The length of “flu season” can vary each year, and while the flu doesn’t always stick to a calendar, there’s still time to get your annual vaccine.
“It is not too late to get a flu vaccine,” said Dr. Megan Brennard of Children’s of Alabama’s emergency department. “The best way to protect yourself is to get the flu vaccine every year.” Brennard said she has seen an increase in the number of positive flu tests in recent weeks at Children’s.
The flu is a contagious respiratory illness caused by influenza viruses that infect the nose, throat and lungs. Like most viruses, it is spread mainly by droplets made when people infected with the flu sneeze, cough or talk. These droplets can travel as far as 6 feet, Brennard said.
Flu can be a serious illness and may be a life-threatening illness for some children. Most healthy children will have mild symptoms, and parents can check with their child’s pediatrician if they have concerns. Children with chronic conditions or young infants are at higher risk for complications of the flu and should be seen by their pediatrician.
An annual flu vaccine is recommended for everyone 6 months and older. Brennard said parents should consult with the child’s pediatrician to determine which is the appropriate vaccination for their child, either a shot or a nasal-spray.
Babies under the age of 6 months are at higher risk of getting flu because they are too young for the vaccine. “The best way to protect babies under 6 months old from getting the flu is for parents and other adults around them, such as grandparents and other extended family members, to get vaccinated. It’s also wise to keep babies away from large crowds during flu season,” Brennard said.
In addition to the vaccine, Brennard said you can limit your exposure to the virus by washing hands with soap and water or an alcohol-based hand sanitizer; wiping down common surfaces like kitchen and bathroom counters and doorknobs; and not sharing items such as eating utensils, towels and bed linens.
Flu symptoms may appear quickly. These symptoms may include a fever, cough, runny nose, fatigue, muscle aches. Sometimes children also experience vomiting and abdominal pain. “Symptoms may last last three to five days, but they could last up to two weeks,” Brennard said. However, if symptoms worsen after two to three days or new symptoms develop, it’s time to consult with doctors again.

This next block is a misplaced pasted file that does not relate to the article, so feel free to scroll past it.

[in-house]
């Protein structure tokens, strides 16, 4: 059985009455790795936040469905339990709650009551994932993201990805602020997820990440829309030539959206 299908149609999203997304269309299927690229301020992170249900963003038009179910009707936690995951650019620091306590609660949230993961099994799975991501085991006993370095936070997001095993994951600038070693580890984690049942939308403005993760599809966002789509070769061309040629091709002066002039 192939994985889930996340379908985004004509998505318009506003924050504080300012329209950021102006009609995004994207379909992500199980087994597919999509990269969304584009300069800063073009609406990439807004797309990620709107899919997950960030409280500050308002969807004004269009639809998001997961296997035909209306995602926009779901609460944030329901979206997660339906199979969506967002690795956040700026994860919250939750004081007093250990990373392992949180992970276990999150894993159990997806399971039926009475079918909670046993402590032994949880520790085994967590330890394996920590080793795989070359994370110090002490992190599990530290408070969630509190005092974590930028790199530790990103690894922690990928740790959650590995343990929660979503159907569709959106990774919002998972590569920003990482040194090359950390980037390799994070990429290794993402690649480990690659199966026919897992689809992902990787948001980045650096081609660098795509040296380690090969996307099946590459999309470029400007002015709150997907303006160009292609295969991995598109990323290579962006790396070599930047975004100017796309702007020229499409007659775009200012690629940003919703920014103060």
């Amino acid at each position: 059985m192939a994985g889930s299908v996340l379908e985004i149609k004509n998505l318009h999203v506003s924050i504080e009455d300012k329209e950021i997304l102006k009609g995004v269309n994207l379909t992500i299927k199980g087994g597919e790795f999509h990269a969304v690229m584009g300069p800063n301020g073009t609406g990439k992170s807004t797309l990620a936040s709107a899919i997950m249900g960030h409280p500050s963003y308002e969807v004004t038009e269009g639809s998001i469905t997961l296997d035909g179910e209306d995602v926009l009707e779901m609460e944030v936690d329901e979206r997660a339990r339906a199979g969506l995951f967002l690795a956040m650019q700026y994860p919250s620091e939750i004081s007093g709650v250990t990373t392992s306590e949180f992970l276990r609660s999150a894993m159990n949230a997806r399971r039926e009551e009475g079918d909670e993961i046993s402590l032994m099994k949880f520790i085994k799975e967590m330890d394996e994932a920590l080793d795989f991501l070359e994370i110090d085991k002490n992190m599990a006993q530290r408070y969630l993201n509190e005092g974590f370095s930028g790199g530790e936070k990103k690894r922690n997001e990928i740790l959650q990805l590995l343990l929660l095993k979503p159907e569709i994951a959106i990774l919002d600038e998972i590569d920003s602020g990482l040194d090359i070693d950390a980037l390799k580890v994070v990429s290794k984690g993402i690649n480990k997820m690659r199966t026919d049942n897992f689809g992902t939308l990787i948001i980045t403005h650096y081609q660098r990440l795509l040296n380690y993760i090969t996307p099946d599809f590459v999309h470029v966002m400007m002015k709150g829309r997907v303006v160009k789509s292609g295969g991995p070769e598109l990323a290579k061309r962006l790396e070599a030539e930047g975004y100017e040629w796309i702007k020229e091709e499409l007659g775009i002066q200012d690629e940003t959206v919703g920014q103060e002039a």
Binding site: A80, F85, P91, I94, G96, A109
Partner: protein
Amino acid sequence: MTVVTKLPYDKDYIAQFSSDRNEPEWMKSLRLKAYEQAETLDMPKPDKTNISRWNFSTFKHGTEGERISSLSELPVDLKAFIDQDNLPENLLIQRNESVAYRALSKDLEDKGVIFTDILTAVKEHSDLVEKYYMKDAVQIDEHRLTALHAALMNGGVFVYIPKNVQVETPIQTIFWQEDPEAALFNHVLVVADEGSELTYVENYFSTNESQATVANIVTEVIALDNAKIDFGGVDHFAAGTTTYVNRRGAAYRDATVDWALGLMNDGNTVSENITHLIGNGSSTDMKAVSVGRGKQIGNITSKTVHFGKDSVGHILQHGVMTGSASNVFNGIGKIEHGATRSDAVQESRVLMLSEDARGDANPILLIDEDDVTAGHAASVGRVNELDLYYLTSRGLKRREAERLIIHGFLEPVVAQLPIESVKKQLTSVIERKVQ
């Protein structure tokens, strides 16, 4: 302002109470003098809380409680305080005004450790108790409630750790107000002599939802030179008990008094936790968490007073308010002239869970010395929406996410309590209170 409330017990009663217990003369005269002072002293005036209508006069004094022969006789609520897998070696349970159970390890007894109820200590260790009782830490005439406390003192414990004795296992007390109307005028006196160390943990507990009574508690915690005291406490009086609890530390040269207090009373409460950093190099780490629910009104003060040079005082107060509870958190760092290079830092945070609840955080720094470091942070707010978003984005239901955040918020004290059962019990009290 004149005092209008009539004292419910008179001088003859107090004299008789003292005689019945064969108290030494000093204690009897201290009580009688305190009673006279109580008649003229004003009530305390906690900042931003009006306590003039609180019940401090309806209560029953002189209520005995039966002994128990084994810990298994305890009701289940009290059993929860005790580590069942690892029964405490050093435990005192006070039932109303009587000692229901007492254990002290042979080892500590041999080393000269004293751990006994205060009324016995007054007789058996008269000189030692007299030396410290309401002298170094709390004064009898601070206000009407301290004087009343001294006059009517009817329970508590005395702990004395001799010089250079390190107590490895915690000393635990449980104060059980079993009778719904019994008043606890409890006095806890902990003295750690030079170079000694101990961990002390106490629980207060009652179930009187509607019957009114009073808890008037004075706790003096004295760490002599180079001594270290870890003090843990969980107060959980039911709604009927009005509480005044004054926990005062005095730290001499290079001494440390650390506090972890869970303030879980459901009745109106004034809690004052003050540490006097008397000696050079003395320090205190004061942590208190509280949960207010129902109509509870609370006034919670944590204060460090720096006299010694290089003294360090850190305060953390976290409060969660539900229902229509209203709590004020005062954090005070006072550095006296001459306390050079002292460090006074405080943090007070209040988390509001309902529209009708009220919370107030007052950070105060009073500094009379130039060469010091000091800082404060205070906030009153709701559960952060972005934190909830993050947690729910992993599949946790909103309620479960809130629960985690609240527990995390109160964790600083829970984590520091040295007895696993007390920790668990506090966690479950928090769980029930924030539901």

Because the flu is caused by a virus, the illness isn’t treated with antibiotics. “Treating the flu is all about supportive care. That means making sure your child is drinking fluids and staying hydrated, giving fever reducing medication and getting rest.” Antiviral medications can be prescribed, but Brennard said that these “aren’t a cure for the flu.” Antiviral medications are recommended for the most serious cases of flu.
For children who have had the flu, Brennard said they are typically cleared to return to school after being fever free (without the aid of fever reducing medicines) for 24 hours.
And even if your family has avoided the flu to this point, it’s always a good idea to be prepared, Brennard said. “Stocking up on supplies in advance is a good way to have your home ready if the flu strikes,” she said. Items such as tissues, hand soap, surface cleaners, disinfectant, a thermometer, drinking water or other electrolyte-based fluids like Gatorade or Pedialyte, and non-prescription medicines like pain relievers and fever reducers are all good to have on hand should a family member get sick.